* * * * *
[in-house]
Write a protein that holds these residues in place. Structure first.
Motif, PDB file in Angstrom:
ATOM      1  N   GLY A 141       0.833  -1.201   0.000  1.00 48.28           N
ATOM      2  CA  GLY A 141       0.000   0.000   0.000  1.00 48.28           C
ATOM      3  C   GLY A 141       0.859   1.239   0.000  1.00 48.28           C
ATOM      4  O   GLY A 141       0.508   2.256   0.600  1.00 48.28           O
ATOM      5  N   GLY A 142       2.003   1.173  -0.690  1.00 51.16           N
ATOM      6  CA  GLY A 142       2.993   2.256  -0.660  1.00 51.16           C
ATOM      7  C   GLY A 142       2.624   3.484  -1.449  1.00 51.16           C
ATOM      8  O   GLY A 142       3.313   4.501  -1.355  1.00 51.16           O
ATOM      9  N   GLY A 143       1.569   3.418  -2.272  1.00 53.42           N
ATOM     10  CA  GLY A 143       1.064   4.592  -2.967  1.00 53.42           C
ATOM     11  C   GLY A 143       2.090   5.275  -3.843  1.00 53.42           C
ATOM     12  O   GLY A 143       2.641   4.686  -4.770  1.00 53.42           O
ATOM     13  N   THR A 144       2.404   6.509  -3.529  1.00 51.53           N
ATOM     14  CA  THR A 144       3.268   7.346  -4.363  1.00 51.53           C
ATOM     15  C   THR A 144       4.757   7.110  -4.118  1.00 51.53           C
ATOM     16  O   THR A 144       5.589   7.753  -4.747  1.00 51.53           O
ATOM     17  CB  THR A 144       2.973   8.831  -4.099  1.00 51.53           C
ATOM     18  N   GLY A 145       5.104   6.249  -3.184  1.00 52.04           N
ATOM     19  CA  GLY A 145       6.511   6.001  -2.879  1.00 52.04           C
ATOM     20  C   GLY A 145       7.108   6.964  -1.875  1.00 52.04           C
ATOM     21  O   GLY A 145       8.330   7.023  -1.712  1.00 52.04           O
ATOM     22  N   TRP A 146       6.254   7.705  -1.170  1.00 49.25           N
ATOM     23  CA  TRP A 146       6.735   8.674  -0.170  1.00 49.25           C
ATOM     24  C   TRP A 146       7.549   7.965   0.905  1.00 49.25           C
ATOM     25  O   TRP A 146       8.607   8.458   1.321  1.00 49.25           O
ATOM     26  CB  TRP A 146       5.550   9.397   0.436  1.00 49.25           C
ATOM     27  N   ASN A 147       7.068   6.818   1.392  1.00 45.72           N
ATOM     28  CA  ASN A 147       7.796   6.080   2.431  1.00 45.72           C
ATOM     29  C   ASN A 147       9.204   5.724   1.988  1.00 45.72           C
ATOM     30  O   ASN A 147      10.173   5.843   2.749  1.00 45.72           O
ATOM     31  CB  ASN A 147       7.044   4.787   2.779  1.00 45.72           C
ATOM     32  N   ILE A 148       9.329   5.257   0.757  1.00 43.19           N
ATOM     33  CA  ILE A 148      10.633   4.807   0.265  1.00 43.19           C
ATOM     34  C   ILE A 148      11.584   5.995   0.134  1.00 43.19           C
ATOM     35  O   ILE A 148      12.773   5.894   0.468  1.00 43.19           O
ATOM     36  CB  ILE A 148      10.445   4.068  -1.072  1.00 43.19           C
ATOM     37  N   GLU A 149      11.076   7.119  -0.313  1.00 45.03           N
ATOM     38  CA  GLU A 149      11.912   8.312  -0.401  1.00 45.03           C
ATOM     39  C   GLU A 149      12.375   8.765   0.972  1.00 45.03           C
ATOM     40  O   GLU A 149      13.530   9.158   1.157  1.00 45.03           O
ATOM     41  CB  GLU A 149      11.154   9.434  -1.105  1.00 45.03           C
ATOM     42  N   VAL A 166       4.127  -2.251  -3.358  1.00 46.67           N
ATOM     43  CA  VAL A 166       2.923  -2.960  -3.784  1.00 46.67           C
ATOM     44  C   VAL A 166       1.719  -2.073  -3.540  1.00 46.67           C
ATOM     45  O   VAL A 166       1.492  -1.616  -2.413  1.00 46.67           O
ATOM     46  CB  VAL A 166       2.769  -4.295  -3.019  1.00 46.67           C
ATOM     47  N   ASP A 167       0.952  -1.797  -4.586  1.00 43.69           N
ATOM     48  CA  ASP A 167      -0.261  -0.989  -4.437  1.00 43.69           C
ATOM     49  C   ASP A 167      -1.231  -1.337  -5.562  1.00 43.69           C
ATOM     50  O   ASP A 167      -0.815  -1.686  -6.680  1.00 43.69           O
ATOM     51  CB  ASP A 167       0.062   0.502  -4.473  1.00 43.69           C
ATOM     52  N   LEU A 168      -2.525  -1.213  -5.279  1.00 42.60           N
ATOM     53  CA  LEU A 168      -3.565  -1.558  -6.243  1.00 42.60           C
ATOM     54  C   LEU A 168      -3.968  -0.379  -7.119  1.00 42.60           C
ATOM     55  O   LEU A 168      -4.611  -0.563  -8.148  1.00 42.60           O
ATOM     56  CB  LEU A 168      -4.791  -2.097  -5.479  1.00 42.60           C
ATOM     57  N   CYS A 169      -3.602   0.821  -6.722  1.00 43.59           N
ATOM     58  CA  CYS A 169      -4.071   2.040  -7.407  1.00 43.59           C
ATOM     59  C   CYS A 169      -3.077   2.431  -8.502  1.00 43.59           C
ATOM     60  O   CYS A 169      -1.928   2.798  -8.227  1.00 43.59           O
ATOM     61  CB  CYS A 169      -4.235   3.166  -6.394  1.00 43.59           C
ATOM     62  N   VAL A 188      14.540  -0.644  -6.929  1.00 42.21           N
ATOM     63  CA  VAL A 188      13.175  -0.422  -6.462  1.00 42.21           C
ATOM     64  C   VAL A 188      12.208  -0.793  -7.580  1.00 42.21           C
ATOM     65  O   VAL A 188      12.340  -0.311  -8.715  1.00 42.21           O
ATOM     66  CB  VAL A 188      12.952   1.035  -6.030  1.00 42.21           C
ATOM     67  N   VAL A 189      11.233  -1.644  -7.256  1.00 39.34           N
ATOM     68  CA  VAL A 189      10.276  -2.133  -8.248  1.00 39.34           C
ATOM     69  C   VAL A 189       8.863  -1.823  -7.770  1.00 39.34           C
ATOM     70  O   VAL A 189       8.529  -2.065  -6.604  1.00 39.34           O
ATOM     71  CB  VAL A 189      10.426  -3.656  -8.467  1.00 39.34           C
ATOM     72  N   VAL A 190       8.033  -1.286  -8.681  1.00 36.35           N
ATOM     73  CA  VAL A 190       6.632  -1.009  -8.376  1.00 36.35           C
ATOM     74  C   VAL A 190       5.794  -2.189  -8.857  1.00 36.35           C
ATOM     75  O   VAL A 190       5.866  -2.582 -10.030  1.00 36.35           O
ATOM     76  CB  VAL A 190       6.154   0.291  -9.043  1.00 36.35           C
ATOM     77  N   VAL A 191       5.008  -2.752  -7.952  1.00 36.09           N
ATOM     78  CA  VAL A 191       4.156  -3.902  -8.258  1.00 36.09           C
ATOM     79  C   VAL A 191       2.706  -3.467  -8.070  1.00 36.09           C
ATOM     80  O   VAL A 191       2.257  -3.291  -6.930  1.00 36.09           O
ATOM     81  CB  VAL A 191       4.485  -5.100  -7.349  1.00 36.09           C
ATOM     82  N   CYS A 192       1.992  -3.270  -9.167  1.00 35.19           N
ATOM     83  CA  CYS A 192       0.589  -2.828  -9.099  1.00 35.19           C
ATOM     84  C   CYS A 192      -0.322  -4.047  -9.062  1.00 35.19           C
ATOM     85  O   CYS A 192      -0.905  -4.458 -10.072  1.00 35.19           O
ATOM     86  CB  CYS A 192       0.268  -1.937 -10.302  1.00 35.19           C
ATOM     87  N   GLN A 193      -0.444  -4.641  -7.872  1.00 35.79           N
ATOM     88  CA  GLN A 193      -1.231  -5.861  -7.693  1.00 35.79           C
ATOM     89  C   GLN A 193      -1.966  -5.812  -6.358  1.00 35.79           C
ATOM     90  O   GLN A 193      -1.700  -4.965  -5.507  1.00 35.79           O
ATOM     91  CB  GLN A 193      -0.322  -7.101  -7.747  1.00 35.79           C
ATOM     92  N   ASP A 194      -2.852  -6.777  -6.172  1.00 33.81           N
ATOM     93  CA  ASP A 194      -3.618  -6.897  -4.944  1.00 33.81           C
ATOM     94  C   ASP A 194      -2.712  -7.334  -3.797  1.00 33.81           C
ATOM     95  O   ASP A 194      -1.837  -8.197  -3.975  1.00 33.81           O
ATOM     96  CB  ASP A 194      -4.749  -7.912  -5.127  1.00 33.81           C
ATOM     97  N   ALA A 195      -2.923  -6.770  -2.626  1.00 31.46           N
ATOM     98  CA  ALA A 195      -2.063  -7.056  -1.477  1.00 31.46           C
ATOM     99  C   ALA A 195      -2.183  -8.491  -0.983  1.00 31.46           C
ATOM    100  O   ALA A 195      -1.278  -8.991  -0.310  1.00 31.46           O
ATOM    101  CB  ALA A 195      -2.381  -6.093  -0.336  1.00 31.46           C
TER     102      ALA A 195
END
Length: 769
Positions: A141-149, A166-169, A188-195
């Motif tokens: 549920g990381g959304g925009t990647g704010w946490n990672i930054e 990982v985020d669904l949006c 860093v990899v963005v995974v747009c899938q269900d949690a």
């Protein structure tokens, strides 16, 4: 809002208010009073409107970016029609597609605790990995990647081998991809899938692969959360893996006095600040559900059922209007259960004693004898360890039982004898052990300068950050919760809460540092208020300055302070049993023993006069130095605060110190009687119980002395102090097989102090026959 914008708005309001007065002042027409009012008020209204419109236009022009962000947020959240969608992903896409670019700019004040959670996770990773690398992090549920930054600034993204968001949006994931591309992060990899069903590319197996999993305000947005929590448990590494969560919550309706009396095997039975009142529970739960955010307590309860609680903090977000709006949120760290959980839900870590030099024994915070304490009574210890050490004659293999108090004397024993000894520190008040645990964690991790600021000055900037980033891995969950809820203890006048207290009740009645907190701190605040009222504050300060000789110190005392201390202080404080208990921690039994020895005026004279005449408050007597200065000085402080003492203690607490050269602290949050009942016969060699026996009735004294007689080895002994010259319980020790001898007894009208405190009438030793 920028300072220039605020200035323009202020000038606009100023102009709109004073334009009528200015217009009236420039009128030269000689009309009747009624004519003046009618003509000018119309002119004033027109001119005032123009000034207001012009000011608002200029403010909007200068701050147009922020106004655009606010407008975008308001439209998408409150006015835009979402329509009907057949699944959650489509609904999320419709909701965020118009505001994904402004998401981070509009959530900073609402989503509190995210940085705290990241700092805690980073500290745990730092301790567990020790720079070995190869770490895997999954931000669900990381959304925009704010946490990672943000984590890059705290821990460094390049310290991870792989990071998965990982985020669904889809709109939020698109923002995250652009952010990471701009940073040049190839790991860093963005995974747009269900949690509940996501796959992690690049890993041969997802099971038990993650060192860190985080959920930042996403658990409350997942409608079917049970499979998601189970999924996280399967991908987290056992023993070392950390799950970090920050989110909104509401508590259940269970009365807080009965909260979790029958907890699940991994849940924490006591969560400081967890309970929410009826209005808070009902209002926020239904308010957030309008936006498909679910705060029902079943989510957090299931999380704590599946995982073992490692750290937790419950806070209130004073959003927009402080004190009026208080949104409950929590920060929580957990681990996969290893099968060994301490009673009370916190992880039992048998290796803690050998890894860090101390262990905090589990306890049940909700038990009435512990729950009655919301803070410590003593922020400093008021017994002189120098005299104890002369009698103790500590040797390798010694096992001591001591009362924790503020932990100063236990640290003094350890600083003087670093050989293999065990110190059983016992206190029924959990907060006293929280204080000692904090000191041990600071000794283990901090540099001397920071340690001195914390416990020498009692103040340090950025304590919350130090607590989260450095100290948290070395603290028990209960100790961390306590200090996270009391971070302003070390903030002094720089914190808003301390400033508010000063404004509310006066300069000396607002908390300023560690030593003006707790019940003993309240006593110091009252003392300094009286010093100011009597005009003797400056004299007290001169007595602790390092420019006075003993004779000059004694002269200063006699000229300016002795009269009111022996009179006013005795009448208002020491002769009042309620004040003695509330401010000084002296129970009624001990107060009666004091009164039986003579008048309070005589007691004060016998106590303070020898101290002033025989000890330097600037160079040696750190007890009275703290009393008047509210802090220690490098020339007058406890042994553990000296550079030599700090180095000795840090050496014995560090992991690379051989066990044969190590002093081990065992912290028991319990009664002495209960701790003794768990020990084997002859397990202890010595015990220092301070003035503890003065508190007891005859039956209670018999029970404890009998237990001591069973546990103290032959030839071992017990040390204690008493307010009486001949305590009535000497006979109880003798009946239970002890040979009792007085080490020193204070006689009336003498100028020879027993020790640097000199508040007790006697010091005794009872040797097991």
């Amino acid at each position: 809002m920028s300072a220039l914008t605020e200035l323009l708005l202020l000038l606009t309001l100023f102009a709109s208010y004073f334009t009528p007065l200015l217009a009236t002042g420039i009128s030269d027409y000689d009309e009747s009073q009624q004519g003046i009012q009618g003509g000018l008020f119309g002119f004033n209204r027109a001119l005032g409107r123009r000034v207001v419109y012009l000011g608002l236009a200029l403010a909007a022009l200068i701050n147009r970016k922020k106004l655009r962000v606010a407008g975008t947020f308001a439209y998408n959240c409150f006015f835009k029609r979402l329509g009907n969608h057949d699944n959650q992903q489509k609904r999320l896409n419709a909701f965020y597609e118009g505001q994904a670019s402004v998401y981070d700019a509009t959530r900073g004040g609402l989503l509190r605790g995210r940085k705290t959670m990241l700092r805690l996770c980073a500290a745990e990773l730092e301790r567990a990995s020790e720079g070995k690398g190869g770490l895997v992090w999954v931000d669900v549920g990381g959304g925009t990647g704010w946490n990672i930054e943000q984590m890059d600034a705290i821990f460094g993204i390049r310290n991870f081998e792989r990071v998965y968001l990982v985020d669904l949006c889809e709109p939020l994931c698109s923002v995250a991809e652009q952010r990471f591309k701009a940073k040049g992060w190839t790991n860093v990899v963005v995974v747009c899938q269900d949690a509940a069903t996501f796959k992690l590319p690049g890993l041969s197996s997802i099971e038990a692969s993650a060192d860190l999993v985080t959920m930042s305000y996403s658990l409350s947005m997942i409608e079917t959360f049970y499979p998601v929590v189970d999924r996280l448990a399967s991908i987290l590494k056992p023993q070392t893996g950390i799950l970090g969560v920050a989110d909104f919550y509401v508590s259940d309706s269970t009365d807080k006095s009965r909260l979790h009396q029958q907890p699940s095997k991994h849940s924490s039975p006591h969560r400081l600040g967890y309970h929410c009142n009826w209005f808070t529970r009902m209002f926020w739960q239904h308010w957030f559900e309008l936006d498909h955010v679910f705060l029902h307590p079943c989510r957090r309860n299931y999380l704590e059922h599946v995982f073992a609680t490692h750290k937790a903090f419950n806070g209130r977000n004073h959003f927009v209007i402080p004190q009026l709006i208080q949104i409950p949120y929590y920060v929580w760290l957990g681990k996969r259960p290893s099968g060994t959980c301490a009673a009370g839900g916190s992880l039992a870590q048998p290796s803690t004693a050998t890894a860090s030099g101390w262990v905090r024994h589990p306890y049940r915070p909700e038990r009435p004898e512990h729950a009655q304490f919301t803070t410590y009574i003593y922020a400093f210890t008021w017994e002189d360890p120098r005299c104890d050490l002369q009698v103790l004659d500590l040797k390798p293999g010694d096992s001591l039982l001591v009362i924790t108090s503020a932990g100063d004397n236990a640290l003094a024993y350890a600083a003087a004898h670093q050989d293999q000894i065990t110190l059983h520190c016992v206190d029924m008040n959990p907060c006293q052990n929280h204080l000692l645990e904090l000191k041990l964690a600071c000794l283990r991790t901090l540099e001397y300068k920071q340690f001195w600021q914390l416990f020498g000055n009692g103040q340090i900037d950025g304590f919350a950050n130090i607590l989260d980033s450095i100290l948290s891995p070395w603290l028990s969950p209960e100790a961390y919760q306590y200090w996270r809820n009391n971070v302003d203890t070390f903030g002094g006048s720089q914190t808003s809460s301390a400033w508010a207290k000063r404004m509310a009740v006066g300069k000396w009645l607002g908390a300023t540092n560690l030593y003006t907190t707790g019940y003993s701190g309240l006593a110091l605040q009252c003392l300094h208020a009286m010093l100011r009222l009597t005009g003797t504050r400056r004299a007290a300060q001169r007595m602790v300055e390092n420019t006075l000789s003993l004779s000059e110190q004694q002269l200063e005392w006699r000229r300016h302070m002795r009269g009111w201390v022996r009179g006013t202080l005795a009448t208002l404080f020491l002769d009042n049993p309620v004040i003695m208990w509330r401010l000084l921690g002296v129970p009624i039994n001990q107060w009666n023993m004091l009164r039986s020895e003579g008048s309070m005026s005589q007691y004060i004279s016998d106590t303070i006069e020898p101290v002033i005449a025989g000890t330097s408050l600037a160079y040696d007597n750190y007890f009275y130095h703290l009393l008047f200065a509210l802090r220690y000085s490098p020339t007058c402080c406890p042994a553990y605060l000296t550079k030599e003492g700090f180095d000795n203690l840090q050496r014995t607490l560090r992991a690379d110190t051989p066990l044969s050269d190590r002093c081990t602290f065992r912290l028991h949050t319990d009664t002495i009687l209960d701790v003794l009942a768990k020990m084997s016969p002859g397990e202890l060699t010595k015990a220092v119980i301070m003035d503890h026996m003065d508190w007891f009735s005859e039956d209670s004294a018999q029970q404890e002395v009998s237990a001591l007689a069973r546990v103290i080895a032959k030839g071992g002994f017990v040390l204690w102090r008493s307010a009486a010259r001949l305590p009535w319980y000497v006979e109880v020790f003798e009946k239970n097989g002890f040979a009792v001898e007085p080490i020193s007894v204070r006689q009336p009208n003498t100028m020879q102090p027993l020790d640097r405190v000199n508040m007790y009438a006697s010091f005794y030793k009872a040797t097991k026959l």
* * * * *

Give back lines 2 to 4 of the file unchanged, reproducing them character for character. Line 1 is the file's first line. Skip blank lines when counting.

Write a protein that holds these residues in place. Structure first.
Motif, PDB file in Angstrom:
ATOM      1  N   GLY A 141       0.833  -1.201   0.000  1.00 48.28           N